What does guardianship mean?

People who are the guardians of a child may be entitled to parental responsibilities, but it is not guaranteed: the responsibility to decide how to raise the child, based on the child’s best interests. Parental responsibilities include deciding where the child lives and goes to school, how the child gets treated when sick, and giving or withholding permission on behalf of the child. A parent who is not a guardian cannot have parental responsibilities.

Parental responsibilities can be shared between two or more guardians, meaning that all the guardians are responsible for making decisions about the child and must consult each other before making decisions. Parental responsibilities can be allocated among guardians, so that a guardian has sole responsibility for certain kinds of decisions, and can make those decisions without having to consult the other guardians. The allocation of parental responsibilities can be done through a separation agreement or parenting plan agreement signed by all the guardians or by a court order, if an agreement cannot be reached.

The time a guardian spends with a child is called parenting time. During a guardian’s parenting time, the guardian is responsible for the care of the child and decision-making about day-to-day matters involving the child.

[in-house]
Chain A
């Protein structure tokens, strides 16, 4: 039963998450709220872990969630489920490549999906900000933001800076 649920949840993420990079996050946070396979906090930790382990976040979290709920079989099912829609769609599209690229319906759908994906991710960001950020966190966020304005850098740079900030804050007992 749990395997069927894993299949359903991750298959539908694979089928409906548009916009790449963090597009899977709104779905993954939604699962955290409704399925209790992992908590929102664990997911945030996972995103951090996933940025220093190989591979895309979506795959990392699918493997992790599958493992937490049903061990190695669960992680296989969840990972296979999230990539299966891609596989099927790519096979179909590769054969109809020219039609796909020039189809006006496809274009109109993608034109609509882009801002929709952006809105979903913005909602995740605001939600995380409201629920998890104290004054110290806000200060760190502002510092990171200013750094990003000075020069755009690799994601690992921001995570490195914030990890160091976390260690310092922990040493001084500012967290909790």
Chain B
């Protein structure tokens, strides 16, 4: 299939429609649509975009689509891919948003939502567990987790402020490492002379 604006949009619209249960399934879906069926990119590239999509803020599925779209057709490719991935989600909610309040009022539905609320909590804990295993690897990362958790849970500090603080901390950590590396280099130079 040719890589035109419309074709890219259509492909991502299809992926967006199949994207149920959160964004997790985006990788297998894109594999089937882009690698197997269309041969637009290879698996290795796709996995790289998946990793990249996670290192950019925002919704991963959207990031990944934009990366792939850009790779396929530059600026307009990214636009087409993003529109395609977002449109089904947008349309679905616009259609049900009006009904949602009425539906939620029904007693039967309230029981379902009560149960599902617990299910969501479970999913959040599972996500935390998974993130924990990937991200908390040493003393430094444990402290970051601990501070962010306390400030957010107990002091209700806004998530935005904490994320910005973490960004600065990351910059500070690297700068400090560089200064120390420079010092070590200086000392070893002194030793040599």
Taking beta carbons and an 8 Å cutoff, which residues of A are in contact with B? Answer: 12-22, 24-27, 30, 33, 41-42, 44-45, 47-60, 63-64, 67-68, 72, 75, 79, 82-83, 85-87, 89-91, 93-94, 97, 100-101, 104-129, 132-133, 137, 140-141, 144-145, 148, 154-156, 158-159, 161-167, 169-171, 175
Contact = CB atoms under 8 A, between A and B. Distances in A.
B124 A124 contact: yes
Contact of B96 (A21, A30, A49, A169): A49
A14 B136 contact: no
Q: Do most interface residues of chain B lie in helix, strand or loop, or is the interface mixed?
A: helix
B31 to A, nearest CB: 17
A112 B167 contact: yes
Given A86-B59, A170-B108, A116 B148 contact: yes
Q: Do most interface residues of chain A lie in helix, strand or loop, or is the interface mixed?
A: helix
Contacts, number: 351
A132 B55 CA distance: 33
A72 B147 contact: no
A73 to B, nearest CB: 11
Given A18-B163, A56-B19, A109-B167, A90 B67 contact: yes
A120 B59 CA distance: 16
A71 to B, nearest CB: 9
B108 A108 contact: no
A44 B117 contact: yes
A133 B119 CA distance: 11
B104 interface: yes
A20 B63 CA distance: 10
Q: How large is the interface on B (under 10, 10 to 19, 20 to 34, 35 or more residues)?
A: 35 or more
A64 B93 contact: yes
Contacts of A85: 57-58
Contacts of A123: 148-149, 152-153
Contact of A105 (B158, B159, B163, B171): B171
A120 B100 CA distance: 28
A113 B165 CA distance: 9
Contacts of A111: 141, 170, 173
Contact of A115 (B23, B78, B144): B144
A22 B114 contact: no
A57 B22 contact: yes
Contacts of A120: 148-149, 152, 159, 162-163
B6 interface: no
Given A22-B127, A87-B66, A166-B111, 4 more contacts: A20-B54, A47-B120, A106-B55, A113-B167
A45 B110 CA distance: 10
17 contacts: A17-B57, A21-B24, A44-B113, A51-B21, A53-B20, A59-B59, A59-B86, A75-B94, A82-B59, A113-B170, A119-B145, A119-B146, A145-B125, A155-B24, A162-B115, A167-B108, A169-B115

What if a parent isn’t a guardian?

A parent or a person (such as grandparents, aunts, uncles) who is not a guardian of a child, does not have any parental responsibilities for the child and is not entitled to be consulted when decisions are being made about the child.

The time someone who is not a guardian has with a child is called contact.

How do you apply to be appointed as a guardian?

Only people who aren’t already guardians need to be appointed as a guardian. To be appointed, you must apply to court and must complete a special affidavit required by the court rules. This affidavit requires you to get a criminal records check, a protection order registry check, and a records check from the Ministry for Children and Family Development, and to provide certain information about the children that are and have been in your care. If the child you are seeking to be guardian of is at least 12 years old, you need their consent to become their guardian.